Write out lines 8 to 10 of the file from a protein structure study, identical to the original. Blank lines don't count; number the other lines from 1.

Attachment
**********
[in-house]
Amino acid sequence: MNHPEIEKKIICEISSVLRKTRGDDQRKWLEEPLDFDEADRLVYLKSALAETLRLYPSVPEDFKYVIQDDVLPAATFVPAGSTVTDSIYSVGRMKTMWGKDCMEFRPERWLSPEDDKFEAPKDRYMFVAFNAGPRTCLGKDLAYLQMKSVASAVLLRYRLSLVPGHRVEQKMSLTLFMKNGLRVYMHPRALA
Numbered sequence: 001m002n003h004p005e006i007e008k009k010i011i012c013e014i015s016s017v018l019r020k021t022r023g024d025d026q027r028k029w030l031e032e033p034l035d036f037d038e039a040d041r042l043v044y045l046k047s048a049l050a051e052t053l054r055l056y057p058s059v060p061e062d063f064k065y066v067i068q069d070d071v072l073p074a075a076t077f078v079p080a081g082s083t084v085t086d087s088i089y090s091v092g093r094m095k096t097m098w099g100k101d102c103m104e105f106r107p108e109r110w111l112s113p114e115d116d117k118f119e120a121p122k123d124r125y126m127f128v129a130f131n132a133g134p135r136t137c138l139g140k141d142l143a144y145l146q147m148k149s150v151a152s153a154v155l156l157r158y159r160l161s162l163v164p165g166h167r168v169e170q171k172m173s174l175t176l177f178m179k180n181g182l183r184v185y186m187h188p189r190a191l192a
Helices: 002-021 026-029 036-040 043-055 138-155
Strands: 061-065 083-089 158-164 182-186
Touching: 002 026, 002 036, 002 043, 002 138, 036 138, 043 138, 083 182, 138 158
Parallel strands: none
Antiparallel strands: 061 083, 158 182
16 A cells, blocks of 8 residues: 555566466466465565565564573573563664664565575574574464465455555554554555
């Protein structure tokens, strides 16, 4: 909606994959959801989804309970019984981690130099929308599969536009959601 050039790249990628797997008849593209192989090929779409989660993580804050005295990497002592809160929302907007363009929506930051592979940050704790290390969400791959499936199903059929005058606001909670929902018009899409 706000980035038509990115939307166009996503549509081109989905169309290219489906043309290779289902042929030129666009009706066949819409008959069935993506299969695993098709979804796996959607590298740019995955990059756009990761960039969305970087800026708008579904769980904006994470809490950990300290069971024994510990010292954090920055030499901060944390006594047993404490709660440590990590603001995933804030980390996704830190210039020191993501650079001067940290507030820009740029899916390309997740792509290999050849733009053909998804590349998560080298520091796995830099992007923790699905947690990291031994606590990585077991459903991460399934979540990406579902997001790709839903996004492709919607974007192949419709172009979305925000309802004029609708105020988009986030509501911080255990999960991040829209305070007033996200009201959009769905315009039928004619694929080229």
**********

Antiparallel strands: 061 083, 158 182
16 A cells, blocks of 8 residues: 555566466466465565565564573573563664664565575574574464465455555554554555
């Protein structure tokens, strides 16, 4: 909606994959959801989804309970019984981690130099929308599969536009959601 050039790249990628797997008849593209192989090929779409989660993580804050005295990497002592809160929302907007363009929506930051592979940050704790290390969400791959499936199903059929005058606001909670929902018009899409 706000980035038509990115939307166009996503549509081109989905169309290219489906043309290779289902042929030129666009009706066949819409008959069935993506299969695993098709979804796996959607590298740019995955990059756009990761960039969305970087800026708008579904769980904006994470809490950990300290069971024994510990010292954090920055030499901060944390006594047993404490709660440590990590603001995933804030980390996704830190210039020191993501650079001067940290507030820009740029899916390309997740792509290999050849733009053909998804590349998560080298520091796995830099992007923790699905947690990291031994606590990585077991459903991460399934979540990406579902997001790709839903996004492709919607974007192949419709172009979305925000309802004029609708105020988009986030509501911080255990999960991040829209305070007033996200009201959009769905315009039928004619694929080229």